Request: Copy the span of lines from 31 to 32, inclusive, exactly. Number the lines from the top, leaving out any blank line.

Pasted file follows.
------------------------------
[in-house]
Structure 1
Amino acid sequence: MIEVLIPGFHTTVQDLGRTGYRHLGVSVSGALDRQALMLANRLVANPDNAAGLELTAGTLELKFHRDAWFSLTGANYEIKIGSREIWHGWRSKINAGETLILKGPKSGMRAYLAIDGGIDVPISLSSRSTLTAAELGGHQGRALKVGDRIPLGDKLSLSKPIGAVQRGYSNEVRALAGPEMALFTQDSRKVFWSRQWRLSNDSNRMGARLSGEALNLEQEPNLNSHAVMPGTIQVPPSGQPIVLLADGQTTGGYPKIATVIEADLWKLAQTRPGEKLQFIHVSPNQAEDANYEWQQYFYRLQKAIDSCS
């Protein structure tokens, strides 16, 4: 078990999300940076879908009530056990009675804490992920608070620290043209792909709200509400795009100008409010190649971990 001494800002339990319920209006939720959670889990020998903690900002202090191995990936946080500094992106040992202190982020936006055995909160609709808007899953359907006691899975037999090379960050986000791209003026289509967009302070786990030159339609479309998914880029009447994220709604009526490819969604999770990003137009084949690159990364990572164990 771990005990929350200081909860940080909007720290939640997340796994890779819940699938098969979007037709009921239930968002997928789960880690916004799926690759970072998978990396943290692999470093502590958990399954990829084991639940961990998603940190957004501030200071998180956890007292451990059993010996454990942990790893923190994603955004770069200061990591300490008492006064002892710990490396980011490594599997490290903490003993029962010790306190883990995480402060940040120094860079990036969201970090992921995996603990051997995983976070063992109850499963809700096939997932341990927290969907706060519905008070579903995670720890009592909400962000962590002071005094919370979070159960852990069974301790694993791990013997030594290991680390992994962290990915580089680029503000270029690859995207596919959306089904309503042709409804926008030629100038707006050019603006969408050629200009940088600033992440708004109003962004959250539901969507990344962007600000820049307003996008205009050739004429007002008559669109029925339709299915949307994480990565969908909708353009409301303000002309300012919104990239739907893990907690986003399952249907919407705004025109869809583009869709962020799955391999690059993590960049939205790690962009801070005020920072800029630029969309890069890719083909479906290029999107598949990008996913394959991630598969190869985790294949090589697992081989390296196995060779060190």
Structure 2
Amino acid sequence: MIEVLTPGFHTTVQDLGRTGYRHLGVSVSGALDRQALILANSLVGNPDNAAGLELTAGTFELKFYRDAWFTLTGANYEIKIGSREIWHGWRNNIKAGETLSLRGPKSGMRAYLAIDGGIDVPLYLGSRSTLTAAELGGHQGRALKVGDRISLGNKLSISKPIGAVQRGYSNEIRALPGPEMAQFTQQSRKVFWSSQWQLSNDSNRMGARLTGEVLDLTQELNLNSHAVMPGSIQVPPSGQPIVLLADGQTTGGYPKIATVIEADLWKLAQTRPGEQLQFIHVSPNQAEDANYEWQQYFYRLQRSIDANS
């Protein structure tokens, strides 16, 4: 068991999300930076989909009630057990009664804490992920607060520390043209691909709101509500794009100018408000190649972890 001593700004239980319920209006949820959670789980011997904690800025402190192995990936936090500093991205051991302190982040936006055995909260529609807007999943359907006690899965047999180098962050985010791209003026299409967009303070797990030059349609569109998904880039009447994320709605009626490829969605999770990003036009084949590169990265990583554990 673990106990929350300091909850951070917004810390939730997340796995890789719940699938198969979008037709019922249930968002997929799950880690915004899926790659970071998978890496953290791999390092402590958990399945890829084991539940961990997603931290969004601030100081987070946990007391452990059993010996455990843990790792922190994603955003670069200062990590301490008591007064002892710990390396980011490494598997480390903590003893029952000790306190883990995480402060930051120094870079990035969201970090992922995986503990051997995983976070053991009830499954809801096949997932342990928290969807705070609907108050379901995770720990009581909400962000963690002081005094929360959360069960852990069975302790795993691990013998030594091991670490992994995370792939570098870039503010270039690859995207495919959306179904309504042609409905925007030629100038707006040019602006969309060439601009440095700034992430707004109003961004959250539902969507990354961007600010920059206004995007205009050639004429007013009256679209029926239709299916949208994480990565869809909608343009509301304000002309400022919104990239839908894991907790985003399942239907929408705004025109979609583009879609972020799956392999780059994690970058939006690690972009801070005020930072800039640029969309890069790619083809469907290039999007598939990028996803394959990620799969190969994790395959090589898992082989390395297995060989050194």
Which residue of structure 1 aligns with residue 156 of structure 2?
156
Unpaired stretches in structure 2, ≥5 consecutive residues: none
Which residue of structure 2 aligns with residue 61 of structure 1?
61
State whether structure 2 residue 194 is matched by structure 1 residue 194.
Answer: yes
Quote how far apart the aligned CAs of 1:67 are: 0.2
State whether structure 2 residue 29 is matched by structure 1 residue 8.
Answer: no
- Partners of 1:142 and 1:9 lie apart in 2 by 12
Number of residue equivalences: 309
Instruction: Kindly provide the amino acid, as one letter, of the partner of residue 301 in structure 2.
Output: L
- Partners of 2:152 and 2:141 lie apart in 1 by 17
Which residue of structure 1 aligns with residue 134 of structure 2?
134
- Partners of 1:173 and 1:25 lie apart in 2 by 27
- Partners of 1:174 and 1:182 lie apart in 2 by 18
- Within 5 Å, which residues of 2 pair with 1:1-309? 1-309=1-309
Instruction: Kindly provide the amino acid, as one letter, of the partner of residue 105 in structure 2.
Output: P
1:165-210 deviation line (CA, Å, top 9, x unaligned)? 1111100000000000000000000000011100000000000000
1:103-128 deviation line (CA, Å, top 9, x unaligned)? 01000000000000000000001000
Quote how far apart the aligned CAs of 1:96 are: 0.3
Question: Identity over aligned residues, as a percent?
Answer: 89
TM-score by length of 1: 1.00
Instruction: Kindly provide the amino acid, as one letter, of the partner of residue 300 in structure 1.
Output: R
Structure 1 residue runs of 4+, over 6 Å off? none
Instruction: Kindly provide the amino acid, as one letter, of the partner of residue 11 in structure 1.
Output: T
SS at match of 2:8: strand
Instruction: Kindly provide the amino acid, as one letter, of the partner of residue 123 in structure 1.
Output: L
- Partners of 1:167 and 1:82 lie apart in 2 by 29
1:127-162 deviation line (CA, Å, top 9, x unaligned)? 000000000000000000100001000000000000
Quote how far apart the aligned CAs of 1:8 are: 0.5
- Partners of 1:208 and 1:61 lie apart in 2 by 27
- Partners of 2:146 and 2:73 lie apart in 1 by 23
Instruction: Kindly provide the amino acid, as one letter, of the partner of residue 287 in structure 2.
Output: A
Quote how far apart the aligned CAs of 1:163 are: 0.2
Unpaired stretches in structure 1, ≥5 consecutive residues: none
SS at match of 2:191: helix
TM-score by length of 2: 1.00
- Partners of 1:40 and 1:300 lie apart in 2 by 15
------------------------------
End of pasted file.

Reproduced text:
1:103-128 deviation line (CA, Å, top 9, x unaligned)? 01000000000000000000001000
Quote how far apart the aligned CAs of 1:96 are: 0.3